About the Online Adams Catalog

Fun Facts:

  • 110,372 records and counting.
  • 5,823 records with links to online documents. See these.
  • 19,000+ individuals and entities indexed.
  • Using Apache's blazing fast search engine, SOLR.
The original paper slipfile: 1779-1781 drawer.

The Online Adams Catalog (OAC) represents every known Adams document held by the Massachusetts Historical Society (MHS) as well as other public and private repositories, as located by the Adams Papers Editorial Project at the MHS. The launch of the OAC allows the public online access to a searchable database of more than 110,000 records of documents related to the Adams family. Spanning the years 1639 to 1889, these materials cover three generations of Adamses, including John and Abigail, John Quincy and Louisa Catherine, and Charles Francis and Abigail Brown Brooks. The records primarily reference letters to and from members of the Adams family, along with diaries and other supplementary materials such as genealogical sketches, speeches, wills, and land deeds. Each record contains information on the author, recipient, date of the document, and the location of the original, if known. As an evolving database, the OAC is constantly subject to updates and changes as additional information becomes available about Adams family documents.

While these are catalog records that do not include the text of original manuscript material, there are hyperlinks to digital copies and transcriptions of some letters. These links include online versions of the Adams Papers Digital Editions, the electronic publications of Papers of John Adams, Adams Family Correspondence, and Legal Papers of John Adams. Digital copies of the pages of all fifty-one manuscript volumes of John Quincy Adams’ diaries are available, and both transcriptions and digital copies of the correspondence of John and Abigail Adams as well as John Adams’ diary and autobiography are accessible electronically. The corpus of the Adams Papers at the MHS was reproduced on 608 reels of microfilm, and citations for specific microfilm reel numbers are now available on the OAC. Please explore the online collection guide to the Adams Family Papers (Microfilm Edition) for information about the scope and extent of the collection of manuscripts given by the Adams Family Trust to the MHS.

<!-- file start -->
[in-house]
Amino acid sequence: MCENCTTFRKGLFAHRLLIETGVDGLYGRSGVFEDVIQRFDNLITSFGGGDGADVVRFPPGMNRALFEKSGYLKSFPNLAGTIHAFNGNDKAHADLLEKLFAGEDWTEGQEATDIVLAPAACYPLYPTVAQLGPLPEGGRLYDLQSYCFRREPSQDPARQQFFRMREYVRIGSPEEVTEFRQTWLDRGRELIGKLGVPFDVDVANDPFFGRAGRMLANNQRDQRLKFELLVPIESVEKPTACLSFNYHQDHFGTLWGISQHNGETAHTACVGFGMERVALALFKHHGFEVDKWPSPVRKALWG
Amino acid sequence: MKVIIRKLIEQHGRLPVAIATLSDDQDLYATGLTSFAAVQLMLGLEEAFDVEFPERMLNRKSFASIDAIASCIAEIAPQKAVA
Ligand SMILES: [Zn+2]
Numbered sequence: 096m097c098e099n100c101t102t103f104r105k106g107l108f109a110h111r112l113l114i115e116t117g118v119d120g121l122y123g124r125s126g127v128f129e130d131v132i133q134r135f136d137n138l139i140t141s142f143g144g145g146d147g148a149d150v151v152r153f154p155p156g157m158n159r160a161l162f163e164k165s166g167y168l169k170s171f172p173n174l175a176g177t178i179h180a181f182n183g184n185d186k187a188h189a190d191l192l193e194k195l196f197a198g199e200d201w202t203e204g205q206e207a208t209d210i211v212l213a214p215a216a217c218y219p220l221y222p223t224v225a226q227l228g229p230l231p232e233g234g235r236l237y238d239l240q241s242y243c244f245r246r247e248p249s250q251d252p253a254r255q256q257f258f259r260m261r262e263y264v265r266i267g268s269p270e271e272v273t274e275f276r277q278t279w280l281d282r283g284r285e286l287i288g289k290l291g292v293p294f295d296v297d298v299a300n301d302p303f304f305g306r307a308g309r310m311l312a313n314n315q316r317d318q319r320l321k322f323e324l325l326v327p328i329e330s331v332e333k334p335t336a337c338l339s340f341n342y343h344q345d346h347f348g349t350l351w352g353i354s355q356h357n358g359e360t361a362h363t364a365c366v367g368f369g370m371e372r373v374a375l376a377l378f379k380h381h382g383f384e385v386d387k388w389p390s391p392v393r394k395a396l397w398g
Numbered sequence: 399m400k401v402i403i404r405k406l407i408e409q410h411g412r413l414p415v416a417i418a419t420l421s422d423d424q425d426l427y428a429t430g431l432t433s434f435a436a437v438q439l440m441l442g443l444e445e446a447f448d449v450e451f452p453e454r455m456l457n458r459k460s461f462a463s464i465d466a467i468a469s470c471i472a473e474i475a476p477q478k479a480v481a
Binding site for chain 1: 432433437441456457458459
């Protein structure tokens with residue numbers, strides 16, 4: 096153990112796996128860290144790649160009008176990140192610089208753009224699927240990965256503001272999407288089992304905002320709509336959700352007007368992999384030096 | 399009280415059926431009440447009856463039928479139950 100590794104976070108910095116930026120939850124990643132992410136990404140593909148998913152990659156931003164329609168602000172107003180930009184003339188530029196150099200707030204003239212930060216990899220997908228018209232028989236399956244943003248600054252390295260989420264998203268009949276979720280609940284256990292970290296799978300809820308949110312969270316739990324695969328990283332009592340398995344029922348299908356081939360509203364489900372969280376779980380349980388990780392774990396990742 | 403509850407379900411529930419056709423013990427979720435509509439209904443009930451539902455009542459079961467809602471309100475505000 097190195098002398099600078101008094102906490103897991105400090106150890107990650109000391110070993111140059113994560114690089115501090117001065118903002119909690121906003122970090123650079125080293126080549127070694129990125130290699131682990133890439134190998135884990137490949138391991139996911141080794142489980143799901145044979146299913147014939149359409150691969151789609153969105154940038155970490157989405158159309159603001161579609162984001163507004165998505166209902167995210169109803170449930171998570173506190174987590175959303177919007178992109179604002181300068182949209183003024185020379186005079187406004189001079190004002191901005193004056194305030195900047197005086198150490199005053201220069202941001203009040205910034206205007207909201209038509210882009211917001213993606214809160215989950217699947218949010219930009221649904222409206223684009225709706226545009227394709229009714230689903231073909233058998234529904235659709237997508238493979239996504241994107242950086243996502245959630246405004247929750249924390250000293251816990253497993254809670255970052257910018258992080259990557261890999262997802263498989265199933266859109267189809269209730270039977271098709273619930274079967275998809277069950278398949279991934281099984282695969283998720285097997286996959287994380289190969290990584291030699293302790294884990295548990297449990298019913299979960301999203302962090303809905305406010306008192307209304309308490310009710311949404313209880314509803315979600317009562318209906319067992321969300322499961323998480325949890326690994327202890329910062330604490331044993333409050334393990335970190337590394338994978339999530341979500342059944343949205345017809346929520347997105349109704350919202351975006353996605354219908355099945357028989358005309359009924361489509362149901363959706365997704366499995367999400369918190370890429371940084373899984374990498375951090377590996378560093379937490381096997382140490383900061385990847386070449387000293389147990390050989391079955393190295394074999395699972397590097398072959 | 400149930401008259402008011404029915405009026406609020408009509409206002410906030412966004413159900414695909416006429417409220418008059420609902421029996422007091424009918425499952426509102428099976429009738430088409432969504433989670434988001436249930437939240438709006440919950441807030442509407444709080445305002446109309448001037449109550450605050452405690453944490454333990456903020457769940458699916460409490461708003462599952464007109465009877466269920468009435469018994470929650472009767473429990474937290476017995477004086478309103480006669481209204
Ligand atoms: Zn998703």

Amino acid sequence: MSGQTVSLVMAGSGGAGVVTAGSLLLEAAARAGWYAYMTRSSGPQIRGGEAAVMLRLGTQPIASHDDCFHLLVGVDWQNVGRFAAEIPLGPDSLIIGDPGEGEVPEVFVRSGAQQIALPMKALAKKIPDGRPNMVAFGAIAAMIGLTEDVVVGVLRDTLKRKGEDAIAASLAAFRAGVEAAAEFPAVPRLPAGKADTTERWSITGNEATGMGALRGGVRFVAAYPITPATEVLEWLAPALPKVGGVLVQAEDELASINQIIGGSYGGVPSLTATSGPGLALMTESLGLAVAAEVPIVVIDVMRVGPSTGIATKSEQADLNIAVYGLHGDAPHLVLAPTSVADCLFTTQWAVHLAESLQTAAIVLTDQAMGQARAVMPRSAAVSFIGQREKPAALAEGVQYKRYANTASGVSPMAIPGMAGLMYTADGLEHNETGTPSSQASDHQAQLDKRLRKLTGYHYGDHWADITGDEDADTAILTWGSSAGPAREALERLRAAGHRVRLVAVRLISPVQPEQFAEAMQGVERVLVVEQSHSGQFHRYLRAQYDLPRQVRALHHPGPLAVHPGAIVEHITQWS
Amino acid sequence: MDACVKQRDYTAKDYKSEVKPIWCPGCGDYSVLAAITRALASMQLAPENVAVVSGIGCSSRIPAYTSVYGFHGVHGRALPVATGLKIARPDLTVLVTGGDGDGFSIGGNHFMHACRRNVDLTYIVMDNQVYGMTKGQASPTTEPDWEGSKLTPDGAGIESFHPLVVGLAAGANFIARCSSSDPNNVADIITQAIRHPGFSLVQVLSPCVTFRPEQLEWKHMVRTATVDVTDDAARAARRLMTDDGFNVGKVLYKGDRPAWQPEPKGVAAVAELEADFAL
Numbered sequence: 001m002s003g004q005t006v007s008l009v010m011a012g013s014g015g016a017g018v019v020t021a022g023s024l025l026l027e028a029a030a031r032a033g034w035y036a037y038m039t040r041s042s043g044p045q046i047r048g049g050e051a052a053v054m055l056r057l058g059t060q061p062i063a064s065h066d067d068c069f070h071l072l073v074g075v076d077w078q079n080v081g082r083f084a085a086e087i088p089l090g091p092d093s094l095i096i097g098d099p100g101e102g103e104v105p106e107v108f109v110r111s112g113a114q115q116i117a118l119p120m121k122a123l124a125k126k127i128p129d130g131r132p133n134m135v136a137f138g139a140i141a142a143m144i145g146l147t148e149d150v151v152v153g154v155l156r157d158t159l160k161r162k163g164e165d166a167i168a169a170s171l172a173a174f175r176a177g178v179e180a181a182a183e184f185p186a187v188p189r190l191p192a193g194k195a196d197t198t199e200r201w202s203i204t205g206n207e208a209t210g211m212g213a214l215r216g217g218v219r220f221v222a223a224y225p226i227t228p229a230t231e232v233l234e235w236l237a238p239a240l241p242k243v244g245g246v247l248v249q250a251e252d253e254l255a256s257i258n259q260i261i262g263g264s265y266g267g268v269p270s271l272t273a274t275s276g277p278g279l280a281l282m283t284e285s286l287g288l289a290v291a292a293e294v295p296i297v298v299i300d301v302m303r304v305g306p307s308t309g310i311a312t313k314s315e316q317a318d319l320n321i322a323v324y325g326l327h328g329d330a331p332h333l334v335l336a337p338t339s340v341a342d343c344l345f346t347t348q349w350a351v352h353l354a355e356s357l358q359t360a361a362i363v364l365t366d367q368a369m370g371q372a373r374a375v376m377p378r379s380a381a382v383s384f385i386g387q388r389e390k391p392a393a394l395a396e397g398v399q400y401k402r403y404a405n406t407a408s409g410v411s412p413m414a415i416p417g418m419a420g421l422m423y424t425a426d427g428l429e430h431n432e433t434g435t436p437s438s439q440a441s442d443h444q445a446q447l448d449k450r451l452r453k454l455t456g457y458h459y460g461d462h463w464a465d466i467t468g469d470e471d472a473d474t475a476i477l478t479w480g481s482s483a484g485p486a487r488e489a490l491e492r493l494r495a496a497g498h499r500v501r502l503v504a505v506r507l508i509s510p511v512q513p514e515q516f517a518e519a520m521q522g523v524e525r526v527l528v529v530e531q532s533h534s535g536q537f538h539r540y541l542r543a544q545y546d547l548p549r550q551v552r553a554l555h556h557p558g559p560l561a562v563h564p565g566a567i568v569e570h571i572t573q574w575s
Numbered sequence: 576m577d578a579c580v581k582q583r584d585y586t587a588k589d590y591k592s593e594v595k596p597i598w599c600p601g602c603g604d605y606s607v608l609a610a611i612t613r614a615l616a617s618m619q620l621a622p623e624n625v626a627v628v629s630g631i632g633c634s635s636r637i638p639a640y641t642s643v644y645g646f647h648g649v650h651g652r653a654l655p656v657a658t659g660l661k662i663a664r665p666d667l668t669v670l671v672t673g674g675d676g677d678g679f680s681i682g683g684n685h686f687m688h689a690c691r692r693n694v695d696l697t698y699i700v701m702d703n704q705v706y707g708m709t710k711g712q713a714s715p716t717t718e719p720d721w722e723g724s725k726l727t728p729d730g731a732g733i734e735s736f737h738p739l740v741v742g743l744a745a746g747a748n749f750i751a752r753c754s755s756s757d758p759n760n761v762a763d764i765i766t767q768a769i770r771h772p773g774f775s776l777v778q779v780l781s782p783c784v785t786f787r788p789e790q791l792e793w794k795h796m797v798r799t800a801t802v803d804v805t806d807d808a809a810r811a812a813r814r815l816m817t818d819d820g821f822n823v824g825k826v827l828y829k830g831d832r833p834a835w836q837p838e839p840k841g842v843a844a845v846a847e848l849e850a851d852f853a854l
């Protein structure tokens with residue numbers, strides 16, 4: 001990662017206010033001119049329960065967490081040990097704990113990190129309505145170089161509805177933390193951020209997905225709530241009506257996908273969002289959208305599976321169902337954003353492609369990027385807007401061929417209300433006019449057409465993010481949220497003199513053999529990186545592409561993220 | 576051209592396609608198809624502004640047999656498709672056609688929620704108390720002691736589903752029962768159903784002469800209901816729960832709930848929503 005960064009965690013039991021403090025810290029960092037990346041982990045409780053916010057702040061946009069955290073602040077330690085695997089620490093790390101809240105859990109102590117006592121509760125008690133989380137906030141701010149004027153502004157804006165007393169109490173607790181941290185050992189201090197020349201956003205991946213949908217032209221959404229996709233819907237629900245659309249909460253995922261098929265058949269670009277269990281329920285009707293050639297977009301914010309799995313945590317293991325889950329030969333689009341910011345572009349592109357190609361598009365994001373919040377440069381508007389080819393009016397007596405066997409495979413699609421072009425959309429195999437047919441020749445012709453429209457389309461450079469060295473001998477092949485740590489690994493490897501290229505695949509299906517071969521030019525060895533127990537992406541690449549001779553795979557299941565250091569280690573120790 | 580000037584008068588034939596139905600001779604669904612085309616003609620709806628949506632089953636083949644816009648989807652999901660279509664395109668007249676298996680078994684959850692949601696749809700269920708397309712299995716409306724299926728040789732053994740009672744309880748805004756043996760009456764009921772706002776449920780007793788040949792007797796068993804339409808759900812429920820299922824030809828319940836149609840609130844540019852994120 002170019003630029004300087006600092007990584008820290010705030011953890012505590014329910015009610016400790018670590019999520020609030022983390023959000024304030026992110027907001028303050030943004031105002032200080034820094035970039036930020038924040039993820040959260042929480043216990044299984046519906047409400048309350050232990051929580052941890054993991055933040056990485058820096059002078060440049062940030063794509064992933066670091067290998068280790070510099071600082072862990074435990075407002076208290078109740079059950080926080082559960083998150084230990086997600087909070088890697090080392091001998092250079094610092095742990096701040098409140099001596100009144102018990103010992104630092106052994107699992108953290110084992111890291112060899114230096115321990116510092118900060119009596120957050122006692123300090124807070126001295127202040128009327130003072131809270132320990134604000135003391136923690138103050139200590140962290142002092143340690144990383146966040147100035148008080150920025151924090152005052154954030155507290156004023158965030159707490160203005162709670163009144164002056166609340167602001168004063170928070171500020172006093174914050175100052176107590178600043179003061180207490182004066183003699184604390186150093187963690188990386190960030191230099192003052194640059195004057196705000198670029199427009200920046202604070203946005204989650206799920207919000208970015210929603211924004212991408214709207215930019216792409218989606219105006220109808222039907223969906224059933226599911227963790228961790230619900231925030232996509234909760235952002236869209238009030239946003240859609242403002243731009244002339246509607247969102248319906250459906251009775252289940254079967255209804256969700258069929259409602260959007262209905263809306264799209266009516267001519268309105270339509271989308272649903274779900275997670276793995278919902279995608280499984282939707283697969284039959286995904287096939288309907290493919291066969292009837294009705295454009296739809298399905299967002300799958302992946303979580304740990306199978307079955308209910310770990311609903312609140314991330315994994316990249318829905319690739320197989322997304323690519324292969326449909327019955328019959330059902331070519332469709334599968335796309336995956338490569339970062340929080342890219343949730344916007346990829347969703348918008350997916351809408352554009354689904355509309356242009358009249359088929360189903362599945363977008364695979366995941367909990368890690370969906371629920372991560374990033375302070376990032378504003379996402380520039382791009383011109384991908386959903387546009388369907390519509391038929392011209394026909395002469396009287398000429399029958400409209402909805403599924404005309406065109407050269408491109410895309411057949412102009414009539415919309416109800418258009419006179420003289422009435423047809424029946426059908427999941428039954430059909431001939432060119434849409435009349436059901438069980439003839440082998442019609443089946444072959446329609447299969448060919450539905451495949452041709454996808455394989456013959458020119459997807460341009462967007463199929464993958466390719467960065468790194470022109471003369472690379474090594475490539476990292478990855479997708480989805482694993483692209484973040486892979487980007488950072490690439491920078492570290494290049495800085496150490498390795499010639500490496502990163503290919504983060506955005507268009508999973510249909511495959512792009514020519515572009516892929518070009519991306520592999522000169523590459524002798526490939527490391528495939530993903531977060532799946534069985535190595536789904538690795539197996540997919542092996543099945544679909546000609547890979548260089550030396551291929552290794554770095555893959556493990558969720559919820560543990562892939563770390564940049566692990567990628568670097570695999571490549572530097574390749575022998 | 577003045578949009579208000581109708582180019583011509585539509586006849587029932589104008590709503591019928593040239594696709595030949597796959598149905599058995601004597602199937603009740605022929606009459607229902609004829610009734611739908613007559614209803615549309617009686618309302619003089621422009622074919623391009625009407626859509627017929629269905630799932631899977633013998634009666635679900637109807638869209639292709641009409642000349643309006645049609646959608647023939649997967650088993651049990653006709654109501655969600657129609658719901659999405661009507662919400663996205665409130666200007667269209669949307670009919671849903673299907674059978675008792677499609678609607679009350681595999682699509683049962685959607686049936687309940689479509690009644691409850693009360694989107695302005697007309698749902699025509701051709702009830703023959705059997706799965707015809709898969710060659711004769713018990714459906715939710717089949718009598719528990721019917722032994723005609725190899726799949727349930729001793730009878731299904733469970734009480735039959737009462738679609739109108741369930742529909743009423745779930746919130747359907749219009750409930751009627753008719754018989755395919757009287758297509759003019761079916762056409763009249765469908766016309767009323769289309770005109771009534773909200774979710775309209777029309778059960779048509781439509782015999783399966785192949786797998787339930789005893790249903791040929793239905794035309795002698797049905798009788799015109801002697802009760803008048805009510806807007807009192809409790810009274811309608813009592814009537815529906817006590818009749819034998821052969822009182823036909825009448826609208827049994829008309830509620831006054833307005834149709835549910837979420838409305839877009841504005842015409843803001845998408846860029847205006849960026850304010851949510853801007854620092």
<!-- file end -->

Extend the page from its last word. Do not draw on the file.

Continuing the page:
This item-level catalog evolved over a fifty-year period as a color-coded paper control file housed in the offices of the Adams Papers Editorial Project. Records are identified by the colors pink, white, yellow, blue, and goldenrod. The Adams Family Papers manuscript collection, given to the MHS in 1956, represents the core of the catalog and is designated by the color pink. The Adamses often kept draft or duplicate copies in bound letterbooks, and these items from the Adams Family Papers are recorded on white slips. Records represented by yellow are known Adams documents housed in other manuscript collections at the MHS, public and private repositories, or the collections of private owners. The location of original manuscript items coded with the color blue is often unknown, but auction sales information or publication information for these documents has been captured. Rather than servicing as a record of a document, the color goldenrod indicates a cross-reference or supplemental information on manuscripts and individuals in the catalog.

The OAC was a collaborative effort between the Adams Papers Editorial Project, the MHS Library Collections Services department, with the assistance of the Reader Services and Publications departments. We would like to thank the staff for their participation in the development of this website and extend a special thanks to Project Manager Mary Claffey.

View our step-by-step guide for converting an archival catalog into an online database:
How Do We Get This Online? A Step-by-Step Guide to Converting Archival Catalogs into Customized XML for Online Presentation. Addenda: encoding checklist; reel schema (relaxNG)

This project was funded by grants from the National Historical Publications and Records Commission and the Packard Humanities Institute.